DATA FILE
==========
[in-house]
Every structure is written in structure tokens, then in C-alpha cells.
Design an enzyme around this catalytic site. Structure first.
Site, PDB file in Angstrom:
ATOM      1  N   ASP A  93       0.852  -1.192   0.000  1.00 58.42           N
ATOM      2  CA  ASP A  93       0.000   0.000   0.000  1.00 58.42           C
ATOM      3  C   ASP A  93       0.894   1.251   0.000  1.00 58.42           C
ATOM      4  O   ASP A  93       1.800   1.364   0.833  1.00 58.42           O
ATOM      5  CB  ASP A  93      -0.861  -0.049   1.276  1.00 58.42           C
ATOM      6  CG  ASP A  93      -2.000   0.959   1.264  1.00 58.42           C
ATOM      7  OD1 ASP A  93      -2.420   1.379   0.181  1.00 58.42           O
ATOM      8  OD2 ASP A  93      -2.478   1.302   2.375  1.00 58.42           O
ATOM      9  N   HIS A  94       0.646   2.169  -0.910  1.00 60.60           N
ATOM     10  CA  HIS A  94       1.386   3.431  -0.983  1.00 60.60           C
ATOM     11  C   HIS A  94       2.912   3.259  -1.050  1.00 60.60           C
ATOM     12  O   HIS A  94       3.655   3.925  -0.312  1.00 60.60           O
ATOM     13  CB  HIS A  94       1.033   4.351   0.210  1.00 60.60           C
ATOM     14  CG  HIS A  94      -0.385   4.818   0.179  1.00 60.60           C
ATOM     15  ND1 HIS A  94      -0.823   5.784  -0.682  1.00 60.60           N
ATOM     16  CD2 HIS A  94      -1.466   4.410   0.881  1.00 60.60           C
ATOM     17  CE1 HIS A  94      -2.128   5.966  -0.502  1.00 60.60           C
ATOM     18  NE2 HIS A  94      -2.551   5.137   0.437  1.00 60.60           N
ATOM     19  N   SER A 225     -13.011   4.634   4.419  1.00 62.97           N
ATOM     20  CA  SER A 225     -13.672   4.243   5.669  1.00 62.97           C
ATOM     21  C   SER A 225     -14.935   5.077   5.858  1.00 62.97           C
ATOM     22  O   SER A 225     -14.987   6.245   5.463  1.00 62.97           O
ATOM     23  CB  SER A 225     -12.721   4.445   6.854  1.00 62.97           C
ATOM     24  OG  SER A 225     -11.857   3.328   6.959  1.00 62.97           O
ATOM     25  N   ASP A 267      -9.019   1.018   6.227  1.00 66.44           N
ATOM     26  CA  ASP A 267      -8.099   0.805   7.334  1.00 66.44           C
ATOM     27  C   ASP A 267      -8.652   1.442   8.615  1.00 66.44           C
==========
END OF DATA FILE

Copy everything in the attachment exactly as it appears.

[in-house]
Every structure is written in structure tokens, then in C-alpha cells.
Design an enzyme around this catalytic site. Structure first.
Site, PDB file in Angstrom:
ATOM      1  N   ASP A  93       0.852  -1.192   0.000  1.00 58.42           N
ATOM      2  CA  ASP A  93       0.000   0.000   0.000  1.00 58.42           C
ATOM      3  C   ASP A  93       0.894   1.251   0.000  1.00 58.42           C
ATOM      4  O   ASP A  93       1.800   1.364   0.833  1.00 58.42           O
ATOM      5  CB  ASP A  93      -0.861  -0.049   1.276  1.00 58.42           C
ATOM      6  CG  ASP A  93      -2.000   0.959   1.264  1.00 58.42           C
ATOM      7  OD1 ASP A  93      -2.420   1.379   0.181  1.00 58.42           O
ATOM      8  OD2 ASP A  93      -2.478   1.302   2.375  1.00 58.42           O
ATOM      9  N   HIS A  94       0.646   2.169  -0.910  1.00 60.60           N
ATOM     10  CA  HIS A  94       1.386   3.431  -0.983  1.00 60.60           C
ATOM     11  C   HIS A  94       2.912   3.259  -1.050  1.00 60.60           C
ATOM     12  O   HIS A  94       3.655   3.925  -0.312  1.00 60.60           O
ATOM     13  CB  HIS A  94       1.033   4.351   0.210  1.00 60.60           C
ATOM     14  CG  HIS A  94      -0.385   4.818   0.179  1.00 60.60           C
ATOM     15  ND1 HIS A  94      -0.823   5.784  -0.682  1.00 60.60           N
ATOM     16  CD2 HIS A  94      -1.466   4.410   0.881  1.00 60.60           C
ATOM     17  CE1 HIS A  94      -2.128   5.966  -0.502  1.00 60.60           C
ATOM     18  NE2 HIS A  94      -2.551   5.137   0.437  1.00 60.60           N
ATOM     19  N   SER A 225     -13.011   4.634   4.419  1.00 62.97           N
ATOM     20  CA  SER A 225     -13.672   4.243   5.669  1.00 62.97           C
ATOM     21  C   SER A 225     -14.935   5.077   5.858  1.00 62.97           C
ATOM     22  O   SER A 225     -14.987   6.245   5.463  1.00 62.97           O
ATOM     23  CB  SER A 225     -12.721   4.445   6.854  1.00 62.97           C
ATOM     24  OG  SER A 225     -11.857   3.328   6.959  1.00 62.97           O
ATOM     25  N   ASP A 267      -9.019   1.018   6.227  1.00 66.44           N
ATOM     26  CA  ASP A 267      -8.099   0.805   7.334  1.00 66.44           C
ATOM     27  C   ASP A 267      -8.652   1.442   8.615  1.00 66.44           C